TAIPED to open offer for DESFA today

Still smarting from the failure of the tender for Public Gas Corporation (DEPA) and preparing for a new proclamation, state privatization fund TAIPED will on Wednesday open the sole binding offer for gas transmission network operator DESFA from Azeri company Socar, in the hope that this will reverse the negative climate created by the absence of Russian suitor Gazprom from the DEPA process.

The fund will also open the valuation studies of two independent companies, on which the assessment of the Socar offer for DESFA will be based. Sources say, however, that the Azeris have offered 430 million euros for a 66 percent stake in the gas network operator, which is broken down into 31 percent owned by the state 35 percent by Hellenic Petroleum.

TAIPED officials are expected to start contacting foreign companies to test the waters ahead of a new tender for DEPA, while a well-informed source from Gazprom said yesterday that it is quite likely the Russian energy giant will make a bid for DEPA once a new tender is launched.

Prime Minister Antonis Samaras expressed on Tuesday the certainty that the new tender will bear fruit, adding that the problems that emerged “were beyond us.”

Meanwhile in Brussels, European Commissioner Ollie Rehn said that any discussion on changing the targets of the Greek privatization program was premature, while EC spokesman Simon O’Connor called for the immediate resumption of the DEPA sell-off process “in order to minimize any consequences” to the program’s timetable. O’Connor added that the privatization of the natural gas monopoly is of major importance both due to the revenues it will fetch and to the restructuring of the energy market. Greece expects 2.6 billion euros from sell-offs this year.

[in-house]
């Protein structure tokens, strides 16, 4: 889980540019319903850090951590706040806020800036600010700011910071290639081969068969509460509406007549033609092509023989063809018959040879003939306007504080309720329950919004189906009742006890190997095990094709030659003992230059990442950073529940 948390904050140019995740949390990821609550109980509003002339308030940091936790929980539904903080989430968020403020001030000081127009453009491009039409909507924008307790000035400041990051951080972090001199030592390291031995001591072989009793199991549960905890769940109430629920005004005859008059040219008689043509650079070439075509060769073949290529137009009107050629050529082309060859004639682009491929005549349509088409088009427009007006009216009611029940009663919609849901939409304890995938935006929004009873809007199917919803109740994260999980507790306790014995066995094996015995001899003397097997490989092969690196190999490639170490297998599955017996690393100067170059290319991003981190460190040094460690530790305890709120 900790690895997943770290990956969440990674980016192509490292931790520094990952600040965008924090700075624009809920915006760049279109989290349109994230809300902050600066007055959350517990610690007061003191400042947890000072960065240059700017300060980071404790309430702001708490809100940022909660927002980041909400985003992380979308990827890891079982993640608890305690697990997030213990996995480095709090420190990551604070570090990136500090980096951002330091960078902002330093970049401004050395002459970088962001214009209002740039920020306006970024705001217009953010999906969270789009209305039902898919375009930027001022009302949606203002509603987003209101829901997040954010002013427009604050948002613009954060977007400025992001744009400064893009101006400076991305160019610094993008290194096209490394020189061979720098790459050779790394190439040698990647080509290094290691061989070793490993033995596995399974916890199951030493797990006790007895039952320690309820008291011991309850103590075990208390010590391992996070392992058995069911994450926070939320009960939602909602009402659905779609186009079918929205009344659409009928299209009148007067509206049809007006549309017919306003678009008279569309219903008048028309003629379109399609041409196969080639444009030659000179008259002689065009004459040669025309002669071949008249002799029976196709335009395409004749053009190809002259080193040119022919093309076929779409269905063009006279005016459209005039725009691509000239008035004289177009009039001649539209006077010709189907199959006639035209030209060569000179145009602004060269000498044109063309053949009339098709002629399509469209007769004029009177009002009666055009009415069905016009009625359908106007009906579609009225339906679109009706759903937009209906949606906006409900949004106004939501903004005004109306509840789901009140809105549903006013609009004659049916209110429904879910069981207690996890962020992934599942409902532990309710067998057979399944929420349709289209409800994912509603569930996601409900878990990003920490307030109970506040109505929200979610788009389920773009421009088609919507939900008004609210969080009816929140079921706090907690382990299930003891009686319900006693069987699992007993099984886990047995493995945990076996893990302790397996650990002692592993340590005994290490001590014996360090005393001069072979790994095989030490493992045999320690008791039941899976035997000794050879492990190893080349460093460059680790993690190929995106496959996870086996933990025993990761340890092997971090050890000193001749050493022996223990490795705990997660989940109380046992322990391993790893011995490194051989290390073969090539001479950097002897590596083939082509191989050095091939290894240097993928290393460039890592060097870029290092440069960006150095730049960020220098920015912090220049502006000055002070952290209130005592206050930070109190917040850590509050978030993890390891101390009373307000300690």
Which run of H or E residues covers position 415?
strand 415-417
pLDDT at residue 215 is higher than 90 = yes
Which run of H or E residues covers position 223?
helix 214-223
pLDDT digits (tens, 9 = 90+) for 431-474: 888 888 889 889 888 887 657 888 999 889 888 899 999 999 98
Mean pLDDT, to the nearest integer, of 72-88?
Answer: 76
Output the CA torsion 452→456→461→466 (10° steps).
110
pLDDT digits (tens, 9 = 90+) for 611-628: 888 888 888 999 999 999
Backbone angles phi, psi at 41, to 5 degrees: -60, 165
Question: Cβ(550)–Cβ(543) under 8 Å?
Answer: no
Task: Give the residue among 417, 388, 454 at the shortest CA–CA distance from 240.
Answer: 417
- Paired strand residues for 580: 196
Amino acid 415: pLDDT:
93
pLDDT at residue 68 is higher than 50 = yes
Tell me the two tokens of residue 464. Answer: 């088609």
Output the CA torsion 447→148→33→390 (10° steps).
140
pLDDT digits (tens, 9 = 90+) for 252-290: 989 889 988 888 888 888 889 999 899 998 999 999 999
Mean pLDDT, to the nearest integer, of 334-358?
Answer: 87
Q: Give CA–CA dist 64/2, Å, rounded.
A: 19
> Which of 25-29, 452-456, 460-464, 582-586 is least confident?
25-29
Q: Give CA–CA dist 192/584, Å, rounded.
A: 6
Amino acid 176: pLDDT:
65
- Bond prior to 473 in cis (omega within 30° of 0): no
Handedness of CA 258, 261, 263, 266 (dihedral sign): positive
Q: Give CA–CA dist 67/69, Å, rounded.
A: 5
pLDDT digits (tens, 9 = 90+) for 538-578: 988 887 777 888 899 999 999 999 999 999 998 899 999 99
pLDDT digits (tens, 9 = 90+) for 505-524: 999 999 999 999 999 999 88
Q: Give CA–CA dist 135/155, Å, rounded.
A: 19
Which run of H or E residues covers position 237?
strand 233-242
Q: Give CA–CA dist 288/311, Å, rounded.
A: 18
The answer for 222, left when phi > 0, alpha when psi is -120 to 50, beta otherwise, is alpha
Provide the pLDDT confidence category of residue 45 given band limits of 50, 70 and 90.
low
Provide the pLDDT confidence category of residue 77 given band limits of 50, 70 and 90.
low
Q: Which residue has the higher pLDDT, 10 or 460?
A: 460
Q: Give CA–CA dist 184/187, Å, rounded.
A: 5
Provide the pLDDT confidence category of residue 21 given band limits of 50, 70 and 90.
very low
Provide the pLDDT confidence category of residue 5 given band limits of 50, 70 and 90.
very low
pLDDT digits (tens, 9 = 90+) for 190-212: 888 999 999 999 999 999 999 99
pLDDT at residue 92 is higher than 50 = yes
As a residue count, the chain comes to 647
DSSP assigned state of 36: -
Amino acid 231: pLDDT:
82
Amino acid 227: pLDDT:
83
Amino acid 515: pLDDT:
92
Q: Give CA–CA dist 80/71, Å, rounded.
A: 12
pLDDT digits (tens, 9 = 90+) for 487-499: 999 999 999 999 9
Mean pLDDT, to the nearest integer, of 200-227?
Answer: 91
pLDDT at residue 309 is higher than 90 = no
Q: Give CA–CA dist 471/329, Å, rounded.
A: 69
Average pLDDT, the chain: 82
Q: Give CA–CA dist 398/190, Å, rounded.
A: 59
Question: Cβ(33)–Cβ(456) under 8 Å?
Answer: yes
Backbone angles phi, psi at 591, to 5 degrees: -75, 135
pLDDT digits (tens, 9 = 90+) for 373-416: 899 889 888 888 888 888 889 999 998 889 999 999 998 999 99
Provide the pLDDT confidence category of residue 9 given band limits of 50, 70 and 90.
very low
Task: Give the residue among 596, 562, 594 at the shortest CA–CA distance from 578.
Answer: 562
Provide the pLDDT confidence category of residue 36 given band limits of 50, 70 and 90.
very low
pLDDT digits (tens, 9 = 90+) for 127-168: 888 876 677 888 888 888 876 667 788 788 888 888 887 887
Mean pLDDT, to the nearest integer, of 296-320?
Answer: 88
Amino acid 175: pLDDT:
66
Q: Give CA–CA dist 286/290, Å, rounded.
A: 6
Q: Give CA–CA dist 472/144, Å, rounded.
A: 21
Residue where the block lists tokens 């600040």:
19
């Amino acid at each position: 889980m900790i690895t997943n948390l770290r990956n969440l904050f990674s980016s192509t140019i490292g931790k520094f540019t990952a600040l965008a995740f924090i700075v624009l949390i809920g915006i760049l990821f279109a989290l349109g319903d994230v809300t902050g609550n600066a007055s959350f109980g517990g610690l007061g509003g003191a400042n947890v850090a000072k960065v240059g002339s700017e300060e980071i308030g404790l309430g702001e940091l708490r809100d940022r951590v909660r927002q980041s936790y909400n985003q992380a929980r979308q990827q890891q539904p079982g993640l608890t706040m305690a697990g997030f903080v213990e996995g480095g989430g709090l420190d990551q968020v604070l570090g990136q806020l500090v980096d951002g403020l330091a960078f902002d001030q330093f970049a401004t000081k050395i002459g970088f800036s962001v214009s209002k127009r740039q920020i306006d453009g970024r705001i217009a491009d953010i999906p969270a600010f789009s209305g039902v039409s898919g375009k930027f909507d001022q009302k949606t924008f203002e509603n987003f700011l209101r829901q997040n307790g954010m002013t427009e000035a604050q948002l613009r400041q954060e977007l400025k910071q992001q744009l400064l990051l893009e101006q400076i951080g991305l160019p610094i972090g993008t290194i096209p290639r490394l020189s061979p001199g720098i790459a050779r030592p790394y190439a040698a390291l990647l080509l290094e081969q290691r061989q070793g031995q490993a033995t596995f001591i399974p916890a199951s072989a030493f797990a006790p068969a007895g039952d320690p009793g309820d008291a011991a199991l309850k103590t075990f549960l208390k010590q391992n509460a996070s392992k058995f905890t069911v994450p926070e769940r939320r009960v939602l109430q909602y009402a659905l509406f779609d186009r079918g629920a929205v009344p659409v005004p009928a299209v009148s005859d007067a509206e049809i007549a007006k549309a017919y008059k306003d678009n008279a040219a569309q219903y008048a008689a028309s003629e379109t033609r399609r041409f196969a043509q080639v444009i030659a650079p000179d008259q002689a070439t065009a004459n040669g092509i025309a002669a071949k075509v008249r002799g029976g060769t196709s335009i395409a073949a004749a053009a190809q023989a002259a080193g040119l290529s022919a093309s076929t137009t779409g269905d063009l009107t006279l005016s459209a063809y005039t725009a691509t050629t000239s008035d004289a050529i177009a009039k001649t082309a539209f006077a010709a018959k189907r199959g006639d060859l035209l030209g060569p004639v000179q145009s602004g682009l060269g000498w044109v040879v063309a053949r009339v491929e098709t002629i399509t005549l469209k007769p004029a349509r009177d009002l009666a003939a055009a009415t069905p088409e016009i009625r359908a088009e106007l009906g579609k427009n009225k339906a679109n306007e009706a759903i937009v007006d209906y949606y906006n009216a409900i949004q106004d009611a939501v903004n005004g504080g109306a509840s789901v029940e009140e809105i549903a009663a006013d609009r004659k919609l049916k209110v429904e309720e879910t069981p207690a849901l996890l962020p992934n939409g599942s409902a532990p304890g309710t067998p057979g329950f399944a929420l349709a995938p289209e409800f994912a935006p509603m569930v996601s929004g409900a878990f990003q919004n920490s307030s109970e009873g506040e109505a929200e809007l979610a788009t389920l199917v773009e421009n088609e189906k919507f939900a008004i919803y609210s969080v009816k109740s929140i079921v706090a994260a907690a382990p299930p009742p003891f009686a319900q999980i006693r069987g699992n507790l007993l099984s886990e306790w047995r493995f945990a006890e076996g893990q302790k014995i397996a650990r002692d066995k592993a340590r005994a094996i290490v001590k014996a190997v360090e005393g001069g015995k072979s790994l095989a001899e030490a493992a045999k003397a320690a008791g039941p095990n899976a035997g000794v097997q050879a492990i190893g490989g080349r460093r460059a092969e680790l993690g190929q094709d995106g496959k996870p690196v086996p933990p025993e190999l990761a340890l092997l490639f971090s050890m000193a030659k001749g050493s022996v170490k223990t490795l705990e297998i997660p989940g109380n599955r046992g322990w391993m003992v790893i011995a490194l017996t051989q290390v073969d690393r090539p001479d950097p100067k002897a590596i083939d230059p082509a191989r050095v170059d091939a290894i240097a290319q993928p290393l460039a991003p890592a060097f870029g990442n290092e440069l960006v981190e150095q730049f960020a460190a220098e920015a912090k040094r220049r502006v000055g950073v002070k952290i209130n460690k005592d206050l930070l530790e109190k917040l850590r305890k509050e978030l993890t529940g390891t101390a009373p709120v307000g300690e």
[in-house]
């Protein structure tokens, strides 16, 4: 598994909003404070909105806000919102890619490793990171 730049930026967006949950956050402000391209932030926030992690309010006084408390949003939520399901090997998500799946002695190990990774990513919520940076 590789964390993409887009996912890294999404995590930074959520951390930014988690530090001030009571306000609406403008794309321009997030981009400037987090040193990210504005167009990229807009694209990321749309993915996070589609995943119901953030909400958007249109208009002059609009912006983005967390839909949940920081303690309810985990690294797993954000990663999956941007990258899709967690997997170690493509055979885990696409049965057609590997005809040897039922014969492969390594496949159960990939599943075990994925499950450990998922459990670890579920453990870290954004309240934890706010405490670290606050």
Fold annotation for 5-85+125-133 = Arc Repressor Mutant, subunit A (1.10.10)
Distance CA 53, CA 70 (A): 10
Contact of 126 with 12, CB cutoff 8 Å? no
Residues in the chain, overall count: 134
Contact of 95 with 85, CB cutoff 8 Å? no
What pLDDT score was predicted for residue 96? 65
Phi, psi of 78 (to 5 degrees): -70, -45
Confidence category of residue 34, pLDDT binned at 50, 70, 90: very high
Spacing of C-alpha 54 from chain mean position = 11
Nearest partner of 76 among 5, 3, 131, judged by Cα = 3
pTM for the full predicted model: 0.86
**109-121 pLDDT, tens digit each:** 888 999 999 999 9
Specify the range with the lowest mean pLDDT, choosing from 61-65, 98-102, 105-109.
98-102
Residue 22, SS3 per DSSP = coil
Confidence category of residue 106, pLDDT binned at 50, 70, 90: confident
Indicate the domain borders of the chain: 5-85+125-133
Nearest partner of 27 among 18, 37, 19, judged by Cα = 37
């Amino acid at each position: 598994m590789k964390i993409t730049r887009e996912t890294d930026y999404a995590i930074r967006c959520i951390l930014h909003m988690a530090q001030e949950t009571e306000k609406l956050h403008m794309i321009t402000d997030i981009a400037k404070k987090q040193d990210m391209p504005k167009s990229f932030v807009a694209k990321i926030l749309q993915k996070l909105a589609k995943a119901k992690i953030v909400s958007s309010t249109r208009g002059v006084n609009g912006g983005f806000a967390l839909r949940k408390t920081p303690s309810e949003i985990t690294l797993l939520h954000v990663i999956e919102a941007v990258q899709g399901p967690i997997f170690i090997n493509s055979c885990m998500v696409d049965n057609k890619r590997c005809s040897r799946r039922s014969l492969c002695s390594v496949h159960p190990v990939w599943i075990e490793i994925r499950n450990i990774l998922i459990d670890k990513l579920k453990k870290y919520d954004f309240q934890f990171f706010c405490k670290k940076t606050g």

The Commission also vehemently denied rumors that it had played a part in the failure of the DEPA tender by discouraging Gazprom from tabling a binding bid. The spokesman for Commission Vice President Joaquin Almunia, Antoine Colombani, told Kathimerini that “the privatization process in Greece is the responsibility of the Greek government and is under the control of TAIPED. The Commission had no involvement in the process on DEPA nor did it have any contacts with Gazprom on this particular issue.”